6 Twitter Tips For Artists: How to Improve Your Tweeting Experience

Published Nov. 15th 2012


While Twitter makes socializing with art collectors and licensing partners a breeze, there are a few things you should know when it comes to tweeting. So today, we’re going to take a look at 6 things you should take into consideration before you send out your next tweet.

1. Protect your art

Serena Ehrlich, Director of Marketing for Mogreet, says “While artists should be using social media to help increase their presence online, they should be protecting their art at the same time. . . they should never, ever tweet an image without a watermark.”

“For many artists,” Serena continues, “social media has made art theft a real possibility. Rather than buying artwork, people can search for what they want, download the image, use electronic frames, and print real art, for free.”

2. Never lie

Kathryn Vercillo, author of Crochet Saved My Life, believes it’s important to always be truthful when engaging in conversation with your fans, art collectors, and licensing partners.

“Although it may seem obvious,” says Kathryn, “I think that the most important thing for an artist to remember when being active on Twitter is to never, ever lie about anything.”

It’s important to remember that “you are putting information out there that can be repeated by others and checked for accuracy. . . putting out lies can really come back to haunt you and ruin your reputation.”

Finally, Kathryn says, “Artists should remember that Twitter helps represent their brand as an artist. They should ask themselves what they want to present to the world and keep their tweets in line with that message while always being authentic and honest.”

3. Avoid sharing your political views

Patti Johnson, Chief Ambassador for the number one interior design chat on Twitter, and owner of Patti Johnson Interiors, believes the number one thing you should never tweet about is politics.

“Everyone has an opinion and everyone is entitled to it,” says Patti. “But not when tweeting from an account that represents your business. . .”

“Designers who wish to be political should open a second account and keep their political preferences separate from their business account. You are on Twitter to promote your business and tweeting or re-tweeting political expressions are guaranteed to be offensive to 50% of the people observing.”

4. Choose your words carefully

Patti also says to remember that “every tweet—even the ones you’ve deleted—go into the Library of Congress as they are part of the airwaves. They never, ever go away.” So think before you tweet!

Professional Voice Actor, MercedesRose.com, agrees that choosing what you say, and what you don’t say on Twitter is very important.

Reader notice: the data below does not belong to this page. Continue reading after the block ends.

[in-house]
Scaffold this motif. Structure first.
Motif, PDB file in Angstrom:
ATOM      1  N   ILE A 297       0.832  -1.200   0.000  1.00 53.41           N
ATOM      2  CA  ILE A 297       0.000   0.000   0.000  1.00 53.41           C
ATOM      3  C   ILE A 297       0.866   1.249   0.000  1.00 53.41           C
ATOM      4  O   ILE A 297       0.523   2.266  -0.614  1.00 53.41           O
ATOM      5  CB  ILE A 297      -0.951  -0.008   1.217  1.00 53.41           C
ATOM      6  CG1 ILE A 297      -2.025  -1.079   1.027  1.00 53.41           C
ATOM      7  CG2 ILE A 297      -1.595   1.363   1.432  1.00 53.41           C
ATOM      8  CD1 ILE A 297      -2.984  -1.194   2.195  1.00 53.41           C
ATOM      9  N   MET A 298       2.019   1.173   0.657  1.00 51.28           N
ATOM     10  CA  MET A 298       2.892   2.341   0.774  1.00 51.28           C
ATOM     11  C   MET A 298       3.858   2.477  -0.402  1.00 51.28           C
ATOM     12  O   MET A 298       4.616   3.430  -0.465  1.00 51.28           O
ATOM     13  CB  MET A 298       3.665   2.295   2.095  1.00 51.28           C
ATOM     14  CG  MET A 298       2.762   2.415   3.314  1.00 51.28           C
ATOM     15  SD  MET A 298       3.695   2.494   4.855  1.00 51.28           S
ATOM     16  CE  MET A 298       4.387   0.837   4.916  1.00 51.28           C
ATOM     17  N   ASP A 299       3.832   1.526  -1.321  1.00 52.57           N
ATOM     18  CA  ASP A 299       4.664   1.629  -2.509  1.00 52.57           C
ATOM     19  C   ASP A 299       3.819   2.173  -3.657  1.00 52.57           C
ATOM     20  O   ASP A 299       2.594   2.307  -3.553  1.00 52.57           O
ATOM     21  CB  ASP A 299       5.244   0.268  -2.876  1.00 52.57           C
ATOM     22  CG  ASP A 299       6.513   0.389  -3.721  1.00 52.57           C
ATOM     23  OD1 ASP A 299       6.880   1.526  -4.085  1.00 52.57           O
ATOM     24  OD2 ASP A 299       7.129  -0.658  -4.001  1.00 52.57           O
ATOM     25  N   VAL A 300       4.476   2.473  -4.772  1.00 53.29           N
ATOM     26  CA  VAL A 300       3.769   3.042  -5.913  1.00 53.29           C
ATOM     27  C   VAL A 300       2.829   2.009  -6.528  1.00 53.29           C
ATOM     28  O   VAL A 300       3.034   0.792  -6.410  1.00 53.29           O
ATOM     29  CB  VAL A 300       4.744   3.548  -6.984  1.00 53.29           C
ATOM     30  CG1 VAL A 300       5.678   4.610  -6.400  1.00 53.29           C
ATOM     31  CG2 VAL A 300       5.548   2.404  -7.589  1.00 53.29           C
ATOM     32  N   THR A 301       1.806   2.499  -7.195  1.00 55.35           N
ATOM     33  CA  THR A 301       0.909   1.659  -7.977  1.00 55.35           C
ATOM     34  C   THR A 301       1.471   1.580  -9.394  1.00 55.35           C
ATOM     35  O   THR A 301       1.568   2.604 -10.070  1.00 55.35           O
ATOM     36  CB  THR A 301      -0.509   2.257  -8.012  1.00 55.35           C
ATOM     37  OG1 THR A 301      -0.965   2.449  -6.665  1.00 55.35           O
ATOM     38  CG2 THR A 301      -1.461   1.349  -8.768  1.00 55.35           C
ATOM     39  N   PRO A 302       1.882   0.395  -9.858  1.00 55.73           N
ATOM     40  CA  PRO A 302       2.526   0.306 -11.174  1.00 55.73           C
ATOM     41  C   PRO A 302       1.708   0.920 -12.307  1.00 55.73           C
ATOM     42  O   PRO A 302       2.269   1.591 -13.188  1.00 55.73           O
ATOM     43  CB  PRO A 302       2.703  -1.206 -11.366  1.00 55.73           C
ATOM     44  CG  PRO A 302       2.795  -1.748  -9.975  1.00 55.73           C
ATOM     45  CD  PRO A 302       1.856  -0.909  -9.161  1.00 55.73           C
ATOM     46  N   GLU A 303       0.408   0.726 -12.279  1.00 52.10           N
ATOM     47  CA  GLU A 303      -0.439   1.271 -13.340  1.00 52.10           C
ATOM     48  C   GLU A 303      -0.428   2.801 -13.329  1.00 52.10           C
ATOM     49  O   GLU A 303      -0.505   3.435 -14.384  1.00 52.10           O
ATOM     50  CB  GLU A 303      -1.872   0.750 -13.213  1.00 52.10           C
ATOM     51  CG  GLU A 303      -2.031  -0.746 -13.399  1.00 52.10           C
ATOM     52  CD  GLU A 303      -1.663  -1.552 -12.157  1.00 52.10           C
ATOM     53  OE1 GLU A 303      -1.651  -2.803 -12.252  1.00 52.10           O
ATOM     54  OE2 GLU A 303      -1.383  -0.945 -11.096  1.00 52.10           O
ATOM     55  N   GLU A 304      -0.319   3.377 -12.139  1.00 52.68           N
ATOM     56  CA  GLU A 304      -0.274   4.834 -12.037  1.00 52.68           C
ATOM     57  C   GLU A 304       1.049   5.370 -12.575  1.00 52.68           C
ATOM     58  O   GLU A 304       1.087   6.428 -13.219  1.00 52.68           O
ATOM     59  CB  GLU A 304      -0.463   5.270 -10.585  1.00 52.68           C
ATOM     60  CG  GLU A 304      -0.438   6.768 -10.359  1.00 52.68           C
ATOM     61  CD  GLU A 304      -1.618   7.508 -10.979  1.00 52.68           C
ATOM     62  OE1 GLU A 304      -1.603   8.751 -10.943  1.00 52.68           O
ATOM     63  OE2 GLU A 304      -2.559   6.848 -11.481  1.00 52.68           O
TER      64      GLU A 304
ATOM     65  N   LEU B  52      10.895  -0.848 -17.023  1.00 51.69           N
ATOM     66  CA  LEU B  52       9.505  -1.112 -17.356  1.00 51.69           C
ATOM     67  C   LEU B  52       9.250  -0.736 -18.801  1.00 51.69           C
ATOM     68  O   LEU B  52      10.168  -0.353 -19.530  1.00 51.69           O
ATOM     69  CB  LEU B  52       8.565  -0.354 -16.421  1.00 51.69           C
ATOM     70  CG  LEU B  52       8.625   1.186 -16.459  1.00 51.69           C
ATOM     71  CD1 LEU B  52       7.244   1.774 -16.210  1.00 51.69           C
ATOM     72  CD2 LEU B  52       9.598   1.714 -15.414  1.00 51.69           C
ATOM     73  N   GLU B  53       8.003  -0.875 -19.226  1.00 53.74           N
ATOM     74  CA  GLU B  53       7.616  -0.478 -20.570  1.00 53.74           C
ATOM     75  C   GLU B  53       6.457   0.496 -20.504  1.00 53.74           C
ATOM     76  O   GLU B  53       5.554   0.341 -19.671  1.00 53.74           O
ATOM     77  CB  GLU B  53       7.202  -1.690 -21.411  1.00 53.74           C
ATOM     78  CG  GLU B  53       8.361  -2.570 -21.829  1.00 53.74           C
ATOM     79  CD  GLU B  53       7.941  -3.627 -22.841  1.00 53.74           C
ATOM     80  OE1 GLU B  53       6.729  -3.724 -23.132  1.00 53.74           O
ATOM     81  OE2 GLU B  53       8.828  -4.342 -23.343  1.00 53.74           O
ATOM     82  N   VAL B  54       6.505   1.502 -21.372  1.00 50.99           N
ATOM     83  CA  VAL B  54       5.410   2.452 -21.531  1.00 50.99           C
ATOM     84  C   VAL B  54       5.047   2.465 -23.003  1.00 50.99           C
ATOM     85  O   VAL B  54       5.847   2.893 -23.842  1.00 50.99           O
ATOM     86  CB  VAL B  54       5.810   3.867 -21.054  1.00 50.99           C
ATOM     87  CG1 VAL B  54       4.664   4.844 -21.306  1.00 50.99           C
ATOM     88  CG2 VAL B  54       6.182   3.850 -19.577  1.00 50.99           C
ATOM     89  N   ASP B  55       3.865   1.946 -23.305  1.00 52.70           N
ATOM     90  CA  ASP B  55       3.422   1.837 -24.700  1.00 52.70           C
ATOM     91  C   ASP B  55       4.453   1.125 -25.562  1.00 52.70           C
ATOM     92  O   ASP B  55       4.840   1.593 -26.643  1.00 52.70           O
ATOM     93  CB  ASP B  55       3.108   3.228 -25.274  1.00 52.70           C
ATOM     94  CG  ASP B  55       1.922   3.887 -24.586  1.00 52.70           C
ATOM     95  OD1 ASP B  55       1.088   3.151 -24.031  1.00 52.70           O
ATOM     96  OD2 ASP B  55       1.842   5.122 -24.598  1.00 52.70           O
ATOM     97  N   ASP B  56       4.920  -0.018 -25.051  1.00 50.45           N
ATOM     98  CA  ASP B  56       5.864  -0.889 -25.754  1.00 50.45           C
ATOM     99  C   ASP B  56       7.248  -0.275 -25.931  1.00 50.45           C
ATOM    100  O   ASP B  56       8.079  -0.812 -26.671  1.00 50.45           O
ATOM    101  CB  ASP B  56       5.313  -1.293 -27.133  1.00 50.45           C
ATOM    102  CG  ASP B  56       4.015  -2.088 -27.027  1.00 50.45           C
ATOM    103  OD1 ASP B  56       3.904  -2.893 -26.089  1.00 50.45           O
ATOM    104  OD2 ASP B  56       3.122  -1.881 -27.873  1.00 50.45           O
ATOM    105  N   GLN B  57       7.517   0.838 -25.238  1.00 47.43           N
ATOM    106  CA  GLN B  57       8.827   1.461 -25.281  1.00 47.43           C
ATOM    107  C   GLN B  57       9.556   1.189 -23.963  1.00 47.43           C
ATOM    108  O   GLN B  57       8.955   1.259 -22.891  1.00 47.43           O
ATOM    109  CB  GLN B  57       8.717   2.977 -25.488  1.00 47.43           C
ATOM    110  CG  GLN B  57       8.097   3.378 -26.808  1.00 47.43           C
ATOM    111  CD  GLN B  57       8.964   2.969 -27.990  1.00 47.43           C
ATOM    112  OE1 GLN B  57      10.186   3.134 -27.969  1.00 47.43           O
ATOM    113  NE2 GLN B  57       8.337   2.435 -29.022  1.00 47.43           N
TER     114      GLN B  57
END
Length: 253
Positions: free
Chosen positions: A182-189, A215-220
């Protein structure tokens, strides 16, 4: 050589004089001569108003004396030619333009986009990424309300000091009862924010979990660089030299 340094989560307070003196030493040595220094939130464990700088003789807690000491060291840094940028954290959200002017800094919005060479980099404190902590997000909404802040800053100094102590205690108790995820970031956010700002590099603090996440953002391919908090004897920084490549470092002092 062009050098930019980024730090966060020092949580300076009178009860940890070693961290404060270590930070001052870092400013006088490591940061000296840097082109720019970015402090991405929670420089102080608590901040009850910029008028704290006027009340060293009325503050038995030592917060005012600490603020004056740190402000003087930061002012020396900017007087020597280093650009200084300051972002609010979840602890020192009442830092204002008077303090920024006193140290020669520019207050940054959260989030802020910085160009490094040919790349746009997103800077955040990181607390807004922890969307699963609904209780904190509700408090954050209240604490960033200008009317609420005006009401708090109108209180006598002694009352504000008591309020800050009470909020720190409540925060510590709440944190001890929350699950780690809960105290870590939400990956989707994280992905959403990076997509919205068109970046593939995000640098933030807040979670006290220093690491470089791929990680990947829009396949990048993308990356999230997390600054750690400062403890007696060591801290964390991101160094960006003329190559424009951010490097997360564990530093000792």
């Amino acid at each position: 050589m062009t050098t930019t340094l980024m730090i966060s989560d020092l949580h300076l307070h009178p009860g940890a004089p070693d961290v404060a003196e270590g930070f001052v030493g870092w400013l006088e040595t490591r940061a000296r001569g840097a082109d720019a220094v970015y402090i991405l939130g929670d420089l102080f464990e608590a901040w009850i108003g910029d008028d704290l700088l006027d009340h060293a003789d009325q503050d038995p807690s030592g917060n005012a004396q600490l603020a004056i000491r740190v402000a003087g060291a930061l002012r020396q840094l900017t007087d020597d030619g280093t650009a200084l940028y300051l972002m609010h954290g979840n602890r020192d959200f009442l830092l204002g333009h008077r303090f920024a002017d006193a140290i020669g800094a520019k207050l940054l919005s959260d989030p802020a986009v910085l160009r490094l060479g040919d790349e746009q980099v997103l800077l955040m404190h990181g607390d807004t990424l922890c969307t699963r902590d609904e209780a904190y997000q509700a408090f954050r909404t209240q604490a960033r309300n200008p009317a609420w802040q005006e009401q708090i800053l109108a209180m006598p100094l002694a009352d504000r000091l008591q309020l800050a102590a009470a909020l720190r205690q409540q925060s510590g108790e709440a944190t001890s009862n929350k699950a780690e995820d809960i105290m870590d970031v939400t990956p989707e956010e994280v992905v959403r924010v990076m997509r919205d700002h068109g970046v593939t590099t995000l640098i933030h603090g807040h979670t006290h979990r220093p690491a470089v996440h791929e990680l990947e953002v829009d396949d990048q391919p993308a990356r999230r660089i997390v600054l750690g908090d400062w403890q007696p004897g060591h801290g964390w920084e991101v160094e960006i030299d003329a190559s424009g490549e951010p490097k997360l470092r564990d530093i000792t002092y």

“Tweeting about an audition/hold/booking without permission” isn’t smart, says Mercedes. “I know too many actors and voice artists that have lost a gig (some even after recording) because they spilled the beans! Err on the side of being mysterious!”

5. Don’t trash talk

Steph Calvert, graphic designer for Hearts And Laserbeams, wants to remind artists to “stick to the high road” by remembering “the old adage: ‘if you don’t have something nice to say, don’t say anything at all.’”

“You want to come across as a creative professional on social media, and you’ll never be perceived that way if you’re trash talking other artists and designers,” says Steph.

If you must criticize, Steph suggests that you “avoid sounding like the next snarky Simon Cowell by keeping criticisms in the constructive realm. Offer something you like along with something you may have done differently.”

Freelance Voice Actor, Paul Hawkins, agrees. You should also “never speak badly about a gig or employers, even if it was a horrible experience. It looks bad and may harm your chance for future work.”

6. Don’t respond to bad reviews

Christina Steinorth, Licensed Psychotherapist and author of Cue Cards for Life: Thoughtful Tips for Better Relationships says, “the one thing an artist should NEVER do on Twitter is respond to a bad review.”

“The worst thing you can do as an artist is be defensive. It makes you seem insecure and as though you can’t handle criticism. If you get a bad review, just ignore it. Accept the fact that not everyone is going to be a fan of your work and move on.”

In many ways, Twitter is a lot like real life—and thinking before you Tweet is just as valuable advice as thinking before you speak. By following these six tips above, you’re sure to find Twitter a fun and rewarding place to be!

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